Saskatchewan Producers Adjust to Processing Plant Closure

CANADA - With the closure of Maple Leaf Food's Mitchell's Gourmet Foods pig slaughtering plant in Saskatoon, due for completion at the end of the month, the province's hog producers appear surprisingly well prepared for the change.
calendar icon 26 May 2007
clock icon 6 minute read

The decision by Maple Leaf to close the aging primary pork processing plant in Saskatoon was announced last October. The move is part of a major restructuring under which Maple Leaf is either selling or closing many of its processing plants to make way for a second shift at its Brandon facility as it focuses the bulk of its hog kill there.

Displaced Saskatoon Hogs Directed to Brandon, Red Deer, U.S.

“Since the announcement of the closure and the attempt to assign Saskatoon plant animals into Brandon, producers have been searching for alternative opportunities,” says SPI Marketing Group General Manager Don Hrapchak.

“Many of the producers opted to sign with Maple Leaf and deliver their animals to Brandon but many have also opted to find alternative choices. That being the Red Deer plant run by Olymel and, of course, many producers are looking at the United States for an alternative market to Brandon.”

Big Sky Farms Move Bulk of Its Hogs South

Humboldt based Big Sky Farms, one of Canada's largest hog producers, has already made its own arrangements.

CEO Florian Possberg explains, “Big Sky Farms used to send a lot of hogs to Saskatoon, somewhere around 40 loads a week. I think we've shipped two loads to Saskatoon since Easter time so we've kind of phased out of the Saskatoon plant already as they were winding down business.”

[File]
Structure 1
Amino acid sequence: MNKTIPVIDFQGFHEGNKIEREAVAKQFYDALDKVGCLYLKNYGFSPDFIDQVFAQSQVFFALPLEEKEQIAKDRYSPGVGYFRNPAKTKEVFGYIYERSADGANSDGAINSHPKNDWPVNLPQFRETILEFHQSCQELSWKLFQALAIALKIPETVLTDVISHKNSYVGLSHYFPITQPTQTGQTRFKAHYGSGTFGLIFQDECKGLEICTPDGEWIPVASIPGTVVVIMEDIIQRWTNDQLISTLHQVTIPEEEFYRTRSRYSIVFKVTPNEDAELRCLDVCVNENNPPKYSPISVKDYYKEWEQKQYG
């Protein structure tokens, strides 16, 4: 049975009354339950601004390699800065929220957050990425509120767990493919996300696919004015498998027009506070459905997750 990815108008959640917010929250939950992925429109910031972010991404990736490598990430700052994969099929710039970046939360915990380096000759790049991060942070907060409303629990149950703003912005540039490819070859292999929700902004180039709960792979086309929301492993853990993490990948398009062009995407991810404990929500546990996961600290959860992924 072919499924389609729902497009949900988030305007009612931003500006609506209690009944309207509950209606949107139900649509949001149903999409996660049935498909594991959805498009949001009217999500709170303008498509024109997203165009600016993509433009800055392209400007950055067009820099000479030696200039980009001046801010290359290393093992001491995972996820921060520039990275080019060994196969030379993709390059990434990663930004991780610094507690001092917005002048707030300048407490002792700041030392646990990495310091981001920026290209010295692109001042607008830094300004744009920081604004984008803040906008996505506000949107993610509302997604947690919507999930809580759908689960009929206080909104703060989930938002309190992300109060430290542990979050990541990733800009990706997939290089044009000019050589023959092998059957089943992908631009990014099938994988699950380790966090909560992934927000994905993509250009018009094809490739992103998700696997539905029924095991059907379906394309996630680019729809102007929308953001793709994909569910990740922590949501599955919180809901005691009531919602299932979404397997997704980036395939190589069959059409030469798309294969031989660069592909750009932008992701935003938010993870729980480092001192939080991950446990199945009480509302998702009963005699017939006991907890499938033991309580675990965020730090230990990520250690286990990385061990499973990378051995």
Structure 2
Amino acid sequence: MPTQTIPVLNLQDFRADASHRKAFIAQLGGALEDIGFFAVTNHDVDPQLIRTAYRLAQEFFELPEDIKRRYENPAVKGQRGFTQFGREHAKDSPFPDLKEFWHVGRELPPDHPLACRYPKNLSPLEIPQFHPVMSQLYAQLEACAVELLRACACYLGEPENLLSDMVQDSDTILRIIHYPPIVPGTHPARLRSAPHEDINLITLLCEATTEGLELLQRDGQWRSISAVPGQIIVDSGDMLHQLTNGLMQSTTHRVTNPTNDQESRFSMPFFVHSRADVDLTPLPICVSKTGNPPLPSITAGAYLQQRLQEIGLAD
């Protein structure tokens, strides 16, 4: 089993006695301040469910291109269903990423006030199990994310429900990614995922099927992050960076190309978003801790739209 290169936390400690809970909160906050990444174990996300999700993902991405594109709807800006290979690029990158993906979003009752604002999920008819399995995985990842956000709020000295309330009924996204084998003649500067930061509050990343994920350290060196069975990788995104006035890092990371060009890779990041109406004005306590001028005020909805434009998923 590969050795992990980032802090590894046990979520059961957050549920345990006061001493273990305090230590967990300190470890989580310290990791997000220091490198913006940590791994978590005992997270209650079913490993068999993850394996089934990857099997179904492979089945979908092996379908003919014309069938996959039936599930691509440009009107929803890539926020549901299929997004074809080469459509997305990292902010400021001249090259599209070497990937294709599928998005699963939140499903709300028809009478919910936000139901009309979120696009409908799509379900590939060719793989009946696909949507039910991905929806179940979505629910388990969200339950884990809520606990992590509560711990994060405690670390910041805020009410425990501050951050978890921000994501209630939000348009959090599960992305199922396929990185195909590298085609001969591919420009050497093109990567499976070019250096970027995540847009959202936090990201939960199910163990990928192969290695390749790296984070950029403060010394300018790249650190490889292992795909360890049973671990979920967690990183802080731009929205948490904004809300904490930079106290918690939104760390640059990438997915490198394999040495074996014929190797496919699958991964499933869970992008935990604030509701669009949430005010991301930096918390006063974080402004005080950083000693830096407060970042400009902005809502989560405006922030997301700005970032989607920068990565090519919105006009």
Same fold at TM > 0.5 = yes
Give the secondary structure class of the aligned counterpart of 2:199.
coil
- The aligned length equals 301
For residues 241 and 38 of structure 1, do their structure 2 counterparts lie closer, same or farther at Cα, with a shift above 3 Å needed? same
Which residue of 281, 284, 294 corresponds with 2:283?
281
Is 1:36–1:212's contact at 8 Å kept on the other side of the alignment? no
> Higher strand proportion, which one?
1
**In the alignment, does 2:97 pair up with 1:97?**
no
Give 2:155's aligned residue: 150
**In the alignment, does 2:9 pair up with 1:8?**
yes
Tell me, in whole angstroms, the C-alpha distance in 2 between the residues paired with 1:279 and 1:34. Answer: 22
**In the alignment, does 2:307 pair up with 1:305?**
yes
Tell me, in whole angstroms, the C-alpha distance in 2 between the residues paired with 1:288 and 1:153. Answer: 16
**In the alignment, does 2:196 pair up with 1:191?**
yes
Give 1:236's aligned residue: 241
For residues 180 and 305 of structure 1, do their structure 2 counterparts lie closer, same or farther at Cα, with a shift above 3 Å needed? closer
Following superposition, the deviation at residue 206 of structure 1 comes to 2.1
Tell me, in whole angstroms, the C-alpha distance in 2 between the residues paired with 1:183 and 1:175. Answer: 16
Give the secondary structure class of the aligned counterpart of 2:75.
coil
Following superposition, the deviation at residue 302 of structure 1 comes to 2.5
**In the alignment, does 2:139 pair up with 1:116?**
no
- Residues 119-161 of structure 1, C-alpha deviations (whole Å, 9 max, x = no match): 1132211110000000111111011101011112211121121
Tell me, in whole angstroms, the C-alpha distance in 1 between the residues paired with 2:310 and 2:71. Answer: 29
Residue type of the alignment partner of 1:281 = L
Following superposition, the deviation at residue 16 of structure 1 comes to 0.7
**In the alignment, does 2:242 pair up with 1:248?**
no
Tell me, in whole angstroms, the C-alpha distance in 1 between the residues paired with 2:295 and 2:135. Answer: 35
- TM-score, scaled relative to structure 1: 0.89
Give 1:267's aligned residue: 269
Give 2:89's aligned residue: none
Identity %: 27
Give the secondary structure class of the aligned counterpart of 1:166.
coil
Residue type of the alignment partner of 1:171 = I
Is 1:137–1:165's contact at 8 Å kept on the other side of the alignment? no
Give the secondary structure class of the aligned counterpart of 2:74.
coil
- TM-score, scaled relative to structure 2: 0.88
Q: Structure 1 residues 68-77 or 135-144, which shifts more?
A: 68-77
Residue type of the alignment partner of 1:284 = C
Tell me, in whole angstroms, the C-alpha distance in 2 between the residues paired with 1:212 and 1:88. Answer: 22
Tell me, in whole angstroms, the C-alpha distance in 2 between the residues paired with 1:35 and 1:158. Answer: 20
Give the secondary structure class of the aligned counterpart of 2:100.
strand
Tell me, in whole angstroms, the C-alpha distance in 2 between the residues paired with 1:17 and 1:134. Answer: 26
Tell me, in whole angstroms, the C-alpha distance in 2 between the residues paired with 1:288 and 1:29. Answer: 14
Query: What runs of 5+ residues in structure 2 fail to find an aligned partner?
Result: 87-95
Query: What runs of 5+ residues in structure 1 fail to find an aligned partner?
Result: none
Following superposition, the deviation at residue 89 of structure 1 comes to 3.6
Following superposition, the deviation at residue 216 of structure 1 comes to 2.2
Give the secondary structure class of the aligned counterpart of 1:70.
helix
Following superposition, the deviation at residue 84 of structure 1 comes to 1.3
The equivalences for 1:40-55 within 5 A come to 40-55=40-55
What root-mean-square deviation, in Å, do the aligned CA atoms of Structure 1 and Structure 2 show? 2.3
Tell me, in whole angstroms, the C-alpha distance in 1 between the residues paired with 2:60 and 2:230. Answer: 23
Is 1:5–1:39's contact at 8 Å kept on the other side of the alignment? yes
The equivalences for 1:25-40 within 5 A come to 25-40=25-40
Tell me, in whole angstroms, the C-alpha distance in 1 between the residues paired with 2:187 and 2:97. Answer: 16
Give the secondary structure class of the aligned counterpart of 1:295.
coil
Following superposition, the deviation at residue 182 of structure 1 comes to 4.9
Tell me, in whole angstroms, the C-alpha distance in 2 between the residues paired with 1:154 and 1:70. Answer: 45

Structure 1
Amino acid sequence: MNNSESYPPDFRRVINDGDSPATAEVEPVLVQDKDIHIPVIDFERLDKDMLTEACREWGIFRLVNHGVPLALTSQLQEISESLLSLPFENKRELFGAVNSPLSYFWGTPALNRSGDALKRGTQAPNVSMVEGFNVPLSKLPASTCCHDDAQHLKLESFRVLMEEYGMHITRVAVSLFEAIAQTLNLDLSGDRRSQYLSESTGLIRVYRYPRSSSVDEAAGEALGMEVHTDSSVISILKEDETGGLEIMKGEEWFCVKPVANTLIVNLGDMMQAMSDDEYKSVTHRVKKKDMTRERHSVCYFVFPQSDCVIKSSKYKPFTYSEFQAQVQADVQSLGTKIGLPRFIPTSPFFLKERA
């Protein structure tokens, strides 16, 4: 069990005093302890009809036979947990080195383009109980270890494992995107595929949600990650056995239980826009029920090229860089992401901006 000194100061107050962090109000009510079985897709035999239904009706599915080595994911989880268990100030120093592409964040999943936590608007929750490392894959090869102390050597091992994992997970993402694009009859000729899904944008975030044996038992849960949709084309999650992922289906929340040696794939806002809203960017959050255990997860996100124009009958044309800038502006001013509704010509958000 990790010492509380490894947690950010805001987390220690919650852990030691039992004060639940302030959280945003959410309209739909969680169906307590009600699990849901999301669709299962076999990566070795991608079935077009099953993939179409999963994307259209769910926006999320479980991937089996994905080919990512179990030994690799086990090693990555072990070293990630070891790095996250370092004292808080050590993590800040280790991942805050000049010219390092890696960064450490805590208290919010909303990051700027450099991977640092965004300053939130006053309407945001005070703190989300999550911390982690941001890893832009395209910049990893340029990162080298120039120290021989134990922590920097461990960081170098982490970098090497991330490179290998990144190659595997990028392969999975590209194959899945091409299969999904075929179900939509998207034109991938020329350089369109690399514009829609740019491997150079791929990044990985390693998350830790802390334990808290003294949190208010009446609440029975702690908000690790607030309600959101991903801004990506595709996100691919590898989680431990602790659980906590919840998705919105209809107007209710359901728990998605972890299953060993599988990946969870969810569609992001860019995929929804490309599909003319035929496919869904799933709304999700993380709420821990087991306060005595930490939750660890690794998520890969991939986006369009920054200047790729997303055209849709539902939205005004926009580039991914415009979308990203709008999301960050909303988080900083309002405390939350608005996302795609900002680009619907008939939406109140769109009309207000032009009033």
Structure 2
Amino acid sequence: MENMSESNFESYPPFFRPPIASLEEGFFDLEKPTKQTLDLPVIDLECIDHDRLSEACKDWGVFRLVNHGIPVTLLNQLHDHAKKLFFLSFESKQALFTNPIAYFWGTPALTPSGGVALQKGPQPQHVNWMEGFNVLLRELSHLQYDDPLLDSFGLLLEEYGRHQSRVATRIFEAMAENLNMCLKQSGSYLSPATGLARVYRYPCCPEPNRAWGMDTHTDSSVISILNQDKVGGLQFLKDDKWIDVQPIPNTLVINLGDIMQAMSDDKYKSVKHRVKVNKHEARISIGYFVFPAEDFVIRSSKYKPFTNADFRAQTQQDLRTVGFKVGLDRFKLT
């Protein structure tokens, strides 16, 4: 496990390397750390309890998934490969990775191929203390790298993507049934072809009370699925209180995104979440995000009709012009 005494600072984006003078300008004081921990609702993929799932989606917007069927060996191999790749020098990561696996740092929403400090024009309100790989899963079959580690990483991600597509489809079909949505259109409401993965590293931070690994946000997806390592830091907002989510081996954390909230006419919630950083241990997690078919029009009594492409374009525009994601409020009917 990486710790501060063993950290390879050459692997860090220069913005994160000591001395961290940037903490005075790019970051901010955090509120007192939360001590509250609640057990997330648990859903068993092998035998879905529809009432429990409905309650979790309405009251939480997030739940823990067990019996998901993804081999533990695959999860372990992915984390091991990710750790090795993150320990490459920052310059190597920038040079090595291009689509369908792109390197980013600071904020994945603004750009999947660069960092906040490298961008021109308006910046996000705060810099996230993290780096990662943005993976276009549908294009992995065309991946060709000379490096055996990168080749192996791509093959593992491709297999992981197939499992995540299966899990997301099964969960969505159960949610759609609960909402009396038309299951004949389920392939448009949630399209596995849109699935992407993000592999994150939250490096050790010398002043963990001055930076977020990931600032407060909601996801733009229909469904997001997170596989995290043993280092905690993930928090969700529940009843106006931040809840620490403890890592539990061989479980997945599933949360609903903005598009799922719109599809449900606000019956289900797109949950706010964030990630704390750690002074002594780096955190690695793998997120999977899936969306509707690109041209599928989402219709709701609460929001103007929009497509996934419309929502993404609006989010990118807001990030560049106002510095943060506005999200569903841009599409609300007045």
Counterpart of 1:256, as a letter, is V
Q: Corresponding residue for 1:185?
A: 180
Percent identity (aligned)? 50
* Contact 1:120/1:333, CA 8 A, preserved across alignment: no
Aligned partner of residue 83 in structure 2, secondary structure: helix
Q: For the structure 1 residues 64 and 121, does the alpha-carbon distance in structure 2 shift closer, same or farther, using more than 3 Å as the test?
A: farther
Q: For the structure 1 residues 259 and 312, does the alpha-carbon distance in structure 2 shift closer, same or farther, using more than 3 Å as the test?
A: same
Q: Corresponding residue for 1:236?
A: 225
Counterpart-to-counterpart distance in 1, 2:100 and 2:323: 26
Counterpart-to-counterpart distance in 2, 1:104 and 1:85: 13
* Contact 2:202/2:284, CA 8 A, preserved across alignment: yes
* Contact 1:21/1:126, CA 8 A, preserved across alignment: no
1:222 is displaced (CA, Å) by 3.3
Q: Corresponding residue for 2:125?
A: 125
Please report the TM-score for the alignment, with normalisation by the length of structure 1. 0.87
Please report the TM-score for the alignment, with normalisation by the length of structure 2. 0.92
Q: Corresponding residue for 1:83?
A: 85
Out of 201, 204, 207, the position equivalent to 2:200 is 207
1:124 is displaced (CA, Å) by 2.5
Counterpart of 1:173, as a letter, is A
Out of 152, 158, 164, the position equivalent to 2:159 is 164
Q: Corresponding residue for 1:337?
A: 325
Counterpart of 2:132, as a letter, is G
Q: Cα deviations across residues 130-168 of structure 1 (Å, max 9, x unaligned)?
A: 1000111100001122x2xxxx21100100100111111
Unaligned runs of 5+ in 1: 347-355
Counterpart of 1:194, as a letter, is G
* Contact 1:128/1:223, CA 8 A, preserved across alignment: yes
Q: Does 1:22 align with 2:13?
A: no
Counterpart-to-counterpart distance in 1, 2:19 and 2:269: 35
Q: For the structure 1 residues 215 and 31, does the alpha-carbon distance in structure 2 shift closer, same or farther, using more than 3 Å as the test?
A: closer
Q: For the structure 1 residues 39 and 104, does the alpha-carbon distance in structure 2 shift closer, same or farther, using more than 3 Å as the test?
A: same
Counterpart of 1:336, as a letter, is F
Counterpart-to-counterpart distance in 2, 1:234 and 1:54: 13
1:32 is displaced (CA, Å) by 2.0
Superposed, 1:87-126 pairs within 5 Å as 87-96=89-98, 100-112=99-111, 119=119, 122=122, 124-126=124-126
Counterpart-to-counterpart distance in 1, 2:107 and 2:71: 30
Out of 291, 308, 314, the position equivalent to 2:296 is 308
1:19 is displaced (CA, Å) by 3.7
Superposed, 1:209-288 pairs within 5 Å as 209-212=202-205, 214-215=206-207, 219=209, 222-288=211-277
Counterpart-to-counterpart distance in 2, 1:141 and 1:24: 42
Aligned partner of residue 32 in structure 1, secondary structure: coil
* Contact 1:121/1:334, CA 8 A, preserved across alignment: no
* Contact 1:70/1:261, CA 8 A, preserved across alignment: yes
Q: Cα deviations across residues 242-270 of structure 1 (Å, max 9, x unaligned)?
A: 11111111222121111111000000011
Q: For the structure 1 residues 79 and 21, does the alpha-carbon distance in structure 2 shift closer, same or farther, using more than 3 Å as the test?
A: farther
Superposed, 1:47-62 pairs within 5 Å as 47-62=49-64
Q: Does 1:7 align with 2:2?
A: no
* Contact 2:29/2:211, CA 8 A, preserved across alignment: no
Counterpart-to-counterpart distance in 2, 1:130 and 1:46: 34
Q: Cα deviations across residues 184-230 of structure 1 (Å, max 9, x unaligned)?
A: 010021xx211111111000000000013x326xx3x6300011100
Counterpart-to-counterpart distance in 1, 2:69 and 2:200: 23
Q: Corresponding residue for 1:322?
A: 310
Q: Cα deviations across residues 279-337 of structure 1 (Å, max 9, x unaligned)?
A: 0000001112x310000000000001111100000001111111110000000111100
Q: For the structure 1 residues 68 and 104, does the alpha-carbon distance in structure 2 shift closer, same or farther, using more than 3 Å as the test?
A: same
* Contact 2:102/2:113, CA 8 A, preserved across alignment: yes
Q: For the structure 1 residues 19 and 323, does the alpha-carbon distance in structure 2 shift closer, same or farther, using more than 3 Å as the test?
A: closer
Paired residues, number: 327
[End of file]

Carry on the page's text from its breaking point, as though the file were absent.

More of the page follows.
Possberg observes, “It appears that most of the producers have made plans and it looks like we'll be able to find markets for our pigs.”

Delays in Double Shifting Plants in Brandon and Red Deer Limit Options

Possberg admits, at this point, the alternatives are limited.

“There really wasn't any increase in slaughter capacity in western Canada so there may be a few extra hogs going west, or there's certainly a number of hogs going to Brandon. A number of producers have found additional markets in the U.S. and it's certainly the case for a lot of our Big Sky hogs. And, as long as we have the U.S. market to act as a safety valve for us, we can do that. There's an appetite for additional hogs to keep plants at full capacity in the U.S. and as long as that's the case we'll find a home for our hogs.”

Hrapchak agrees, “The important part is that there is and will be a home for all the hogs after Saskatoon closes.”

He stresses, “The first thing that producers should recognize and remember, most of the hogs that were destined for the Saskatoon plant are still under contract with Maple Leaf Foods. Those hogs will be directed to the Brandon facility for the remainder of their contracts.”

Continued Reorganization Anticipated

“One of the keys to the success or ongoing success of the Canadian industry is certainly having a vibrant domestic processing sector,” says Fiona Boal, the executive director for food and agribusiness research with Rabobank International.